Wat de films van Harlez en Meyer delen, is de focus op de kinderen binnen die leefwereld. Zij vormen ook de gemene deler van de drie films die Harlez naar eigen zeggen het meest hebben gemarkeerd: de neorealistische klassieker Ladri di biciclette (de Sica, 1948), maar evenzeer de docufictie van de Amerikaanse Robert Flaherty, vooral dan Louisiana Story uit hetzelfde jaar. Dé bom, echter, die Harlez oorspronkelijk bouleverseerde, was Jean Vigo’s anti-autoritaire internaatfilm Zéro de Conduite (1933). De dominantie van kinderen in het neorealisme, en – daarmee verbonden – de groei en vorming vanuit de oorlogscontext, zijn twee punten waar vaak aan voorbij wordt gegaan.

Ook in Le Chantier des Gosses duikt het spook van de Tweede Wereldoorlog op. Wanneer één van de jongens thuis de radio aanknipt, draagt een soldaat voor zijn demobilisatie een plaatje op aan zijn kameraden in de kazerne. Een vader in de film blijft ook steeds dezelfde histoires de guerre herhalen, wat zijn zoon inspireert tot de militaire training en de tactiek van hun eigen oorlog tegen de projectontwikkelaars. Ook fysiek herinnerde het terrain vague aan de oorlog: het was namelijk een wonde in de wijk, geslagen door een V1-bom die op 8 november 1944 (na de Bevrijding) het justitiepaleis als doel had. De inslag deed de gewelven van Theater Toone instorten. De volkse poppentheaterdynastie Toone is precies zo oud als België zelf en komt voort uit de traditie van satirische marionnettenspelen tegen de machthebbers. Harlez maakt van deze ground zero opnieuw het schalkse toneel van de strijd tegen de projectontwikkelaars die de touwtjes stevig in handen hebben.

Le Chantier des Gosses opent met aftastende overzichtsbeelden van de voor- naar de achterzijde van het justitiepaleis, toen nog niet de eeuwige werf van de laatste dertig jaar. Aan de balustrade met een vista op de Marollenwijk stappen al snel een jongen en meisje het beeldkader binnen en maken er een semi–subjectief gezichtspunt van. De toeschouwer kijkt vanaf nu mee met de kinderen. De kijker kaapt zo door hun ogen hetzelfde panoramische point of view dat de toeristen voor Expo ’58 daar een paar jaar later op dezelfde plek zouden innemen. Wat tegelijk een verzet inhoudt tegen het geometrische en rationele vizier van de landmeters, of de onderwijzer die hen in het klaslokaal volumes leert berekenen. De straat, echter, wordt de natuurlijke leerschool. Onder de uittorende justitiemastodont ervaren zij zelf een injustice en nemen ze het recht in eigen handen. Het is vanachter dezelfde balustrade, vanop dezelfde machtspositie, dat de jongens urineren op twee agenten beneden en als Quick en Flupkes de gezagsdragers treiteren.”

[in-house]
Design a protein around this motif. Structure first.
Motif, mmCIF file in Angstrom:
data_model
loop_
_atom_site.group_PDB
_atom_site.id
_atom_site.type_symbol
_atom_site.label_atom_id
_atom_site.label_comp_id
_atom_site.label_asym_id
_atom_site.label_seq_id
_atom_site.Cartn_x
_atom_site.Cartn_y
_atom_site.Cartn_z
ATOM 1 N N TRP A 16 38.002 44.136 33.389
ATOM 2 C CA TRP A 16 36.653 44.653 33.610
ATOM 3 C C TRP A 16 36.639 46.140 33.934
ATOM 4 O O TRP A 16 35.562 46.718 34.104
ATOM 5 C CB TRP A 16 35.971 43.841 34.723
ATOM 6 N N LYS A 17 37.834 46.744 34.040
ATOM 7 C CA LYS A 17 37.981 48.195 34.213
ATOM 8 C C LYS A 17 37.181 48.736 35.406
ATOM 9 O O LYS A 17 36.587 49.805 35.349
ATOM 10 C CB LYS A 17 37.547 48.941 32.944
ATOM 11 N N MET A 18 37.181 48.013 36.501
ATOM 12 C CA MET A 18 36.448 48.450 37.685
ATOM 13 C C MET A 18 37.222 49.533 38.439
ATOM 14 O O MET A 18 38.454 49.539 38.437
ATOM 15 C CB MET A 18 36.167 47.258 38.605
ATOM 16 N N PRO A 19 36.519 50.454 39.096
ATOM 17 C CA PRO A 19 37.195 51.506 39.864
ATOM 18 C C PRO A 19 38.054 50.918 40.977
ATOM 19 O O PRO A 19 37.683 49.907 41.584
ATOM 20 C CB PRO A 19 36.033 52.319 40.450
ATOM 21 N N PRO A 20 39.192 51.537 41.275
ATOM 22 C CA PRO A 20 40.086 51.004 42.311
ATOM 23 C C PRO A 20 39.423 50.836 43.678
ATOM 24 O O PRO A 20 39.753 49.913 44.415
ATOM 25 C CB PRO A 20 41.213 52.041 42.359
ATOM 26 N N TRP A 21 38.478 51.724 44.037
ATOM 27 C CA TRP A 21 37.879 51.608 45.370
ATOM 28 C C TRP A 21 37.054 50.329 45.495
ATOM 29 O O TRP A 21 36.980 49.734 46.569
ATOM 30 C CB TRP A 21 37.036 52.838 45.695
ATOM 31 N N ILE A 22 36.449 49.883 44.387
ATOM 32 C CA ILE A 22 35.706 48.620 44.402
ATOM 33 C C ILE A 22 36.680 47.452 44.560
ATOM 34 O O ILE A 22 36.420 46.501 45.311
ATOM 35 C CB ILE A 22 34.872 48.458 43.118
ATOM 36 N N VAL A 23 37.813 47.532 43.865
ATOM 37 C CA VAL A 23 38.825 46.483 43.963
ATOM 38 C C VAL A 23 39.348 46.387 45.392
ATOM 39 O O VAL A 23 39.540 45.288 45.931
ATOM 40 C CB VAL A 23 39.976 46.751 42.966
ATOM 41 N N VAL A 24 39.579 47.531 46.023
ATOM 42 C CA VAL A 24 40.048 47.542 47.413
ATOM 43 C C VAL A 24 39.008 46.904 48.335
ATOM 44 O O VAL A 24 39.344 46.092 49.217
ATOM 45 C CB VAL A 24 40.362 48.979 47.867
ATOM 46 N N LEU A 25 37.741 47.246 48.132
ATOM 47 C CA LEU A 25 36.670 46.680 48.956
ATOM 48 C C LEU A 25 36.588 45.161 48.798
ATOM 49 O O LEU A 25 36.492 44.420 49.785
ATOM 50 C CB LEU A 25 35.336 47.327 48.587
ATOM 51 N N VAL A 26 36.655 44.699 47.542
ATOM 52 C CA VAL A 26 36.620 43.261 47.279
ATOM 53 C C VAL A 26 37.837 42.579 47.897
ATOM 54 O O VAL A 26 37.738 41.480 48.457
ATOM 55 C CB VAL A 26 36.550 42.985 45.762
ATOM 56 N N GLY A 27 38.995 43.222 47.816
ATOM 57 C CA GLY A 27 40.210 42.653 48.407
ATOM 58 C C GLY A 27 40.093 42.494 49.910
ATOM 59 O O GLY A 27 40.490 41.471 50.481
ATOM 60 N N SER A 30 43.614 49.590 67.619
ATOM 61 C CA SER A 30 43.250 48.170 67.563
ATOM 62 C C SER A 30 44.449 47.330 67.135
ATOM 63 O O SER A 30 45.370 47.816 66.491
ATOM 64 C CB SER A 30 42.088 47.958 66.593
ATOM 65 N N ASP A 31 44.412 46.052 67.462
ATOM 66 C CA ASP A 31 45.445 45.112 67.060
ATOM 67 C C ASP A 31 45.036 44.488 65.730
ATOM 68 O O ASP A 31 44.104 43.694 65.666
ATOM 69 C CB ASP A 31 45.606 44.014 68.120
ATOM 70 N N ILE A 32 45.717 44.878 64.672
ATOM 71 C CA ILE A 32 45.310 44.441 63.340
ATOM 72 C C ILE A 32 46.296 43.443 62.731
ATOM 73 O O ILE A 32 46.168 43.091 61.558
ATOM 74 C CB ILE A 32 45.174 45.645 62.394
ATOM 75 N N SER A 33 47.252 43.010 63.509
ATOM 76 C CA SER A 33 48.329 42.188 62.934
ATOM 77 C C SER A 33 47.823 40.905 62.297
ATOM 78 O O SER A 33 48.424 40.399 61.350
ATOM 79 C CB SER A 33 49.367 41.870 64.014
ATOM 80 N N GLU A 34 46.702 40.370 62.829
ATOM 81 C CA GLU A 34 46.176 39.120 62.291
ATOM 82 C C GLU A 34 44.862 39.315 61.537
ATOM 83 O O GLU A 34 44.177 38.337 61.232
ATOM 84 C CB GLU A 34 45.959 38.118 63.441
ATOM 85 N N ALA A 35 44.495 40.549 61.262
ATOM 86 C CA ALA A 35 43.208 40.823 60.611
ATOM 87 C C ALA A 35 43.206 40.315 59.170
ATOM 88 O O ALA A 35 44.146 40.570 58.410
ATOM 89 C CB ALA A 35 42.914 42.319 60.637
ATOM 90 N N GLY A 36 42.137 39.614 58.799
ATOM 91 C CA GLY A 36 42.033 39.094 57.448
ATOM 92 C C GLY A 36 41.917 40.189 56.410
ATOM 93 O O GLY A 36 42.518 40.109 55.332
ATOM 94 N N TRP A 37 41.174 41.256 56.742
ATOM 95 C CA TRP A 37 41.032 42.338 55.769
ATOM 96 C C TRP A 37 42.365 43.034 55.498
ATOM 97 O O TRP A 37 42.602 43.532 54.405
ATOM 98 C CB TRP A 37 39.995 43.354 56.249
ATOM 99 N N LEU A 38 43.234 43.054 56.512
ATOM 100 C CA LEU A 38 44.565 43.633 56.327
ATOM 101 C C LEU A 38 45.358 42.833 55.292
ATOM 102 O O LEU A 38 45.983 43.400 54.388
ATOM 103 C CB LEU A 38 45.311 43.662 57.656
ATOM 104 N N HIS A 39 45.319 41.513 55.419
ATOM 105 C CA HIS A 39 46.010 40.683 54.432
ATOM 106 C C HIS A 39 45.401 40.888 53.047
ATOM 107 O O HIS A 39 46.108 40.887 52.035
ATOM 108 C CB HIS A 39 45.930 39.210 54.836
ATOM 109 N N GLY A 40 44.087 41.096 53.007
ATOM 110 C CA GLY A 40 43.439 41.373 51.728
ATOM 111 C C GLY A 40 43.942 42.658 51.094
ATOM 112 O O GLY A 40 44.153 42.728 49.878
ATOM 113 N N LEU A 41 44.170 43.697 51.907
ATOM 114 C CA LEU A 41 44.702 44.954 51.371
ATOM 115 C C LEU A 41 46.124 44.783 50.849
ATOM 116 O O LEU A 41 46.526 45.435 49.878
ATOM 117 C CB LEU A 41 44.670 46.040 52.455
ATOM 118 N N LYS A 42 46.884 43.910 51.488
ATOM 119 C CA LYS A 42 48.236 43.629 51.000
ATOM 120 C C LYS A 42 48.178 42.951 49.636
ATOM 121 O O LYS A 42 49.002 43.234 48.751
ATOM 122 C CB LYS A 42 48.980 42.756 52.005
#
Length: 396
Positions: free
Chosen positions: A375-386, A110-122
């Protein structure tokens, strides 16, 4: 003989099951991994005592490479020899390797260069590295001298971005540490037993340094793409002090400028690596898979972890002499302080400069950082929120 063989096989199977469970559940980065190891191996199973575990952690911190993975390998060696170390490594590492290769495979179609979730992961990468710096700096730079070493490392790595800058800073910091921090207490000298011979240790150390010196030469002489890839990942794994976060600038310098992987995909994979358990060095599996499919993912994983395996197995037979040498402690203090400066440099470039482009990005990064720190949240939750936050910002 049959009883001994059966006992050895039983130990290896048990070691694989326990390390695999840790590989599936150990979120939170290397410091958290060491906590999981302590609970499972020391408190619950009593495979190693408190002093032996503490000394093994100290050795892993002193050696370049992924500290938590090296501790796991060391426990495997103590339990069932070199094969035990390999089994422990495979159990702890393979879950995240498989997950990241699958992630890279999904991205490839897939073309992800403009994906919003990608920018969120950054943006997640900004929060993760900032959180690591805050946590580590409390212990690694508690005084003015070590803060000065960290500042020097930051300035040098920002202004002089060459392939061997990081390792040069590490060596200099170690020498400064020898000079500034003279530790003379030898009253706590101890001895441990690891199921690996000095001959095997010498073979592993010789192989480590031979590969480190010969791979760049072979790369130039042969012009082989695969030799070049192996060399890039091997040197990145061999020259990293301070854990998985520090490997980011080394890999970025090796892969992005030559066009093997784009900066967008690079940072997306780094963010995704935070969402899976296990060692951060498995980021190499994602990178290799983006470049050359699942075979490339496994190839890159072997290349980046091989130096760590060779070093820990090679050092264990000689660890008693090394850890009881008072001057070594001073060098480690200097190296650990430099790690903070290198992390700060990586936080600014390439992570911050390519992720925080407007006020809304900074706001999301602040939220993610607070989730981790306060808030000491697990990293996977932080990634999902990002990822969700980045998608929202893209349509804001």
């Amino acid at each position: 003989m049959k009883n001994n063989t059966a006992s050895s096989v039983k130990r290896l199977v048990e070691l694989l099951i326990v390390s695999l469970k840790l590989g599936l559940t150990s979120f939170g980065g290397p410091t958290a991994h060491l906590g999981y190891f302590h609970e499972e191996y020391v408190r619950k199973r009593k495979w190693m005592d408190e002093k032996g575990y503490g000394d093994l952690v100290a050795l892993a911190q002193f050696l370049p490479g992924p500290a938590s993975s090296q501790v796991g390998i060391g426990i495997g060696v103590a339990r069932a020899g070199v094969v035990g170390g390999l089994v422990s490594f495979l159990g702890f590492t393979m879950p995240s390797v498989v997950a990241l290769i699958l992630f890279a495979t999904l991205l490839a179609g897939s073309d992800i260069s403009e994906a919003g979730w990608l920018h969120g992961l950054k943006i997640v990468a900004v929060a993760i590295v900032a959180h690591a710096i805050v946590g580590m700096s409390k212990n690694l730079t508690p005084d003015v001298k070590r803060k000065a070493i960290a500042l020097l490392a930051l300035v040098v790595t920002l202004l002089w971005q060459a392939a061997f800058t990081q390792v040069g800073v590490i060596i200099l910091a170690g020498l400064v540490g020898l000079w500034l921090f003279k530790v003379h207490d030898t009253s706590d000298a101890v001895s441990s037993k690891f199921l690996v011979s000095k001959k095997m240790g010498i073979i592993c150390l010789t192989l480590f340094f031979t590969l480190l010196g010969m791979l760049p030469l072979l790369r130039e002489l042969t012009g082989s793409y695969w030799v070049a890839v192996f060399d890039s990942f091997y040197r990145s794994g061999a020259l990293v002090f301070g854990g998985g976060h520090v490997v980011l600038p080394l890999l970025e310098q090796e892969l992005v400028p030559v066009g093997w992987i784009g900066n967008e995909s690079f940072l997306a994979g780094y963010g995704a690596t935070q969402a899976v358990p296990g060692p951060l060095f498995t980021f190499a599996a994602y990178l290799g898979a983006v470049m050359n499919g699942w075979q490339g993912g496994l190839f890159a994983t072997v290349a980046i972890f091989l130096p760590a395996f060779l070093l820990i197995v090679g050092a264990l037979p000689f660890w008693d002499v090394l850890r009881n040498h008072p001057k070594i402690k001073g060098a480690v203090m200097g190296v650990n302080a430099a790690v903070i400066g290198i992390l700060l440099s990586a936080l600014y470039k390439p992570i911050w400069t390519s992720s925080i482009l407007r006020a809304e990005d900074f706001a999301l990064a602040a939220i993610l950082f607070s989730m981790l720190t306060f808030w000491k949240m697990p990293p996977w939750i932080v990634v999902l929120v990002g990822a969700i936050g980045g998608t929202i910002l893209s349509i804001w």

Ruben Demasure1

 

“Een echte lucht om lampions op te steken en zottigheid te doen. Ze kwamen aan het Poelaertplein, vanwaar ze de lage stad zagen flikkeren en dampen. Ze voelden in het voorbijgaan, nevens en over hen, de ontzaglijke massa van het Gerechtshof opsomberen. Ze bleven een tijdje voor de ijzeren leuning staan, vanwaar zij een breed uitzicht hadden over de mooiste helft van Brussel. Brussel lag in een blauwig gesmoor, dat in paarse en oranje lichtvlagen opwalmde en, niet hoog boven het duister getas van daken, uitstierf in de groen-blauwe helderheid van de wintermaan. Geen wolk was aan de hemel. De maan hing in een diep-kleurige koepel vlak over het rokende verfleven der stad. Op de hoogste dakvensters kwam ze glinsterruiten... 't was een toets, een lichtelijk gefleer, een stilte van licht op die vonkelende stadsademing; maar 't verschroeide in het algemeen vuurgeblaas en 't verging in de golvende branding. – Daar moeten we nu in, droomde Ernest, ge krijgt er een kriezeling van... men zou zeggen een mensenoven, en, luister, men hoort door mekaar de doffe harten beuken... – Al die harten zien beuken in ons aanschijn... fluisterde Rupert; komaan kerel, we storten ons in de wellust van deze hel!”

Herman Teirlinck2 

  • 1. Ruben Demasure,“Eerste Belgische neorealistische film herontdekt” (rekto:verso, 2014).
  • 2. Herman Teirlinck, Het ivoren aapje (Querido, 1989) (eerste uitgave: 1909).
FILM
Vitalina Varela
,
,
124’

Vitalina Varela, 55-year-old, Cape Verdean, arrives in Lisbon three days after her husband’s funeral. She's been waiting for her plane ticket for more than 25 years.